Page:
Insights

11 Cheeses You Need To Know About

We stuff it in sandwiches, sprinkle it on pasta, and most often eat it plain, with or without crackers. We’re speaking, of course, about a contender for favorite food group: cheese. Cheese is made when milk (sorry, non-dairy cheese need not apply), thickens, often with the addition of rennet or a different type of bacteria. The milk will will separate into liquid (whey), which is drained off, and semisolid (curds), or fresh cheese in its most unripe form. Depending on how long and in what technique it’s aged, there are myriad types of cheese. As Charles de Gaulle once said of France, “how can you govern a country which has 246 varieties of cheese?” We’re betting there are far more than that today. Here, we introduce our Essential Cheese Guide, which includes some of our favorite cheeses across four categories: hard, semi-firm, semi-soft, and soft. So, get cheesin!

Hard cheeses are often sold in blocks or wheels, and are aged for much longer than their softer counterparts and are cooked and pressed before aging. Their hard texture makes them an excellent candidate for grating and slicing.

Manchego
Golden hued, with a rich, nutty flavor, this Spanish cheese was originally made only from sheep’s milk of the La Mancha region. Though it is now produced throughout the country, the name stuck, and the cheese has become widely loved worldwide. The two versions most frequently exported are curado (aged 3–4 months), and viejo (aged 9–12 months). Manchego pairs deliciously with membrillo (quince paste), fig spread, and garlicky olives. Thinly sliced, the rich cheese is also very tasty in sandwiches.

Parmesan
We probably don’t need to tell you about the sharp, rich, flavor of this cow’s milk cheese, as it’s become ubiquitous all around the world. What you may not know, though, is that the only truly authentic version you can find is specifically labeled Parmigiano-Reggiano, and produced only in the Italian regions of Bologna, Mantua, Modena, or Parma. Unlike the American Parmesan cheeses, which are aged a minimum of 10 months, authentic Parmigiano-Reggianos are frequently aged at least 2 years, resulting in a melt-in-your-mouth texture that’s as fantastic shaved on salads, sprinkled on pasta, or just eaten in large chunks by itself (our preferred method).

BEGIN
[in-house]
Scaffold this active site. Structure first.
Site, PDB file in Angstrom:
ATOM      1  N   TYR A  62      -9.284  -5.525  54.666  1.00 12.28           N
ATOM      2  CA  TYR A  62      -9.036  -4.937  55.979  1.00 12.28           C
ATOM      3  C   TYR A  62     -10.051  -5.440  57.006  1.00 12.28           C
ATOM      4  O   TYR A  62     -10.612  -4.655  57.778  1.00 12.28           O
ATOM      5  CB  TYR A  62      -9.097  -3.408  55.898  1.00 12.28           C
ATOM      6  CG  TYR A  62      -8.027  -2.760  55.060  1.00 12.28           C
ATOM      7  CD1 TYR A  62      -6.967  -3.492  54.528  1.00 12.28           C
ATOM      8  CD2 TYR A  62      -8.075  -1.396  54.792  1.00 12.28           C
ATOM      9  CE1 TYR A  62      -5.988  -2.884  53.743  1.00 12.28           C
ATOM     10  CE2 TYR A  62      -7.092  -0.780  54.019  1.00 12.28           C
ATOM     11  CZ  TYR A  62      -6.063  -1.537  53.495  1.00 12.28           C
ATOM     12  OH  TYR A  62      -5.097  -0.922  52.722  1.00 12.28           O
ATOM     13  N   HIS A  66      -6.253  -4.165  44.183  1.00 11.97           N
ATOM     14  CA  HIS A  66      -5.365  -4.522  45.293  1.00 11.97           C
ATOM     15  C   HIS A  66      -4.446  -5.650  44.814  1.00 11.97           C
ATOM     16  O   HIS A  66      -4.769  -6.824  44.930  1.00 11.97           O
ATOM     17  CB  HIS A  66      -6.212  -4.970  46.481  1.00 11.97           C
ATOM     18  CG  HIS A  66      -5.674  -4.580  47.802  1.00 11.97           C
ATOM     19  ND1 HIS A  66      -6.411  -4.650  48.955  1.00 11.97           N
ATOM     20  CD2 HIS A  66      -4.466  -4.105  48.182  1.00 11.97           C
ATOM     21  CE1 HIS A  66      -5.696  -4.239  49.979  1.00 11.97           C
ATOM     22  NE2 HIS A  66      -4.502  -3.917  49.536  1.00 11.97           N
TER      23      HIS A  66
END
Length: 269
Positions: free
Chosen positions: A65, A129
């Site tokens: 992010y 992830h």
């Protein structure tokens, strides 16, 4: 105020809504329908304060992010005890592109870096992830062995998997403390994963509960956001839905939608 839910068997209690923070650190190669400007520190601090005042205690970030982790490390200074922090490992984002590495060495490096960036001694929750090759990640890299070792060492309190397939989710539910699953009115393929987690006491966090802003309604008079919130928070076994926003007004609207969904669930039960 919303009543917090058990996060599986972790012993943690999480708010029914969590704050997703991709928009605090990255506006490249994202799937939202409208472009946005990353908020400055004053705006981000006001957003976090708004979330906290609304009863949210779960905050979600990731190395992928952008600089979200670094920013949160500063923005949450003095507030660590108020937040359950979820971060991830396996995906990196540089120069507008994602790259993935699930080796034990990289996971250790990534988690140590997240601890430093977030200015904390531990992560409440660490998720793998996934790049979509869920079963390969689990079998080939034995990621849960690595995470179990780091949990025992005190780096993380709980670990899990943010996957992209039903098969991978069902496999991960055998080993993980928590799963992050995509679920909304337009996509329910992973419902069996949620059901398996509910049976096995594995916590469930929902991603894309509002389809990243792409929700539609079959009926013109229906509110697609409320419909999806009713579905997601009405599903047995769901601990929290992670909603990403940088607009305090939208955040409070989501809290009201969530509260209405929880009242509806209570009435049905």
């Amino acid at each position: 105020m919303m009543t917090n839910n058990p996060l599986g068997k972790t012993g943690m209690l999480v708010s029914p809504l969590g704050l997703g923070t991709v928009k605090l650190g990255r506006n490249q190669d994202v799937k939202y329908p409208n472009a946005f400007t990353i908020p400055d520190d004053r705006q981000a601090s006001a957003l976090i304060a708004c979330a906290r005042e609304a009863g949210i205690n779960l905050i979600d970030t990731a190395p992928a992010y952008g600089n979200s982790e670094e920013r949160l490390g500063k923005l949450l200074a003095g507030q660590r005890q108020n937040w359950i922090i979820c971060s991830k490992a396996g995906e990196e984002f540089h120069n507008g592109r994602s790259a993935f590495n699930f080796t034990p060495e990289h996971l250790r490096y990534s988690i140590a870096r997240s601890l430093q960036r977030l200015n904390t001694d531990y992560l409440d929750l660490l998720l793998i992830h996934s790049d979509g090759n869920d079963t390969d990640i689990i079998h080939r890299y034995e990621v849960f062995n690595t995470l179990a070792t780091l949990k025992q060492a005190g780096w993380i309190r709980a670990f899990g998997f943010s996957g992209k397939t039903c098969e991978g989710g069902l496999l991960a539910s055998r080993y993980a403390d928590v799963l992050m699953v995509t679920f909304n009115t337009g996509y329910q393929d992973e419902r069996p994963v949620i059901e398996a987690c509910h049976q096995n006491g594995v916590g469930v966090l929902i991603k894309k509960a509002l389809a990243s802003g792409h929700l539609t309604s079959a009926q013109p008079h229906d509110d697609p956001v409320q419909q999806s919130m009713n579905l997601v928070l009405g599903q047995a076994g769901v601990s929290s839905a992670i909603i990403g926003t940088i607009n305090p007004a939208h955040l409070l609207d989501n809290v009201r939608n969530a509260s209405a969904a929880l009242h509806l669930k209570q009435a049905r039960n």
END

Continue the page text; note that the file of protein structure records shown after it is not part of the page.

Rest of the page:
Pecorino
This Italian cheese gets its name from a derivative of “pecora,” meaning sheep. Made, unsurprisingly, from sheep’s milk, DOC (Di Origine Controllata–truly “authentic”) pecorino comes in a number regional varieties including Pecorino Romano (the most well-known), Pecorino Sardo, and Pecorino Toscano. Hard and dry, pecorino is good for grating, and is often used in cooking, whether the more pungent, sharp aged variety or the soft, white un-aged version. We love to grate pecorino over pastas and pizzas or shave it thinly over a salad.

Semi-Firm

Like hard cheeses, these varieties have been cooked and pressed, but are aged for less time. They are firm, but do not crumble, and have more textural give than hard cheeses.

Cheddar

This popular cheese hails from England, where it was first made in the 16th century, though it’s globally produced. Its crowd pleasing signature flavor makes it no surprise that it’s stuck around so long. Made from cow’s milk, cheddar comes in several designations, according to how long it’s been ripened: mild (about 2–4 months), medium (4–8 months), sharp (9–12 months), and extra-sharp (over 1 year). Cheddar can stand up to many other flavors, making it a great addition to sandwiches and burgers, though it’s also a no-brainer on any cheese board. We also love it melted in macaroni and cheese.

Gruyère

Creamy and earthy, with a hit of pungent nuttiness, Gruyère is a Swiss cheese named for one of the country’s pastoral valleys. The requirements for official AOC Gruyère standards are very specific, “they can only be made from the raw milk of two milkings of cows fed only grass or hay…and must be prepared in copper pots”, according to The New Food Lover’s Companion. However, non-Swiss Gruyère is produced internationally with pasteurized milk, resulting in a less intense flavor than the original. Gruyère is a great cheese to melt, and we love to use it in grilled cheese sandwiches and, if we’re feeling really decadent, a hot pot of bubbling fondue.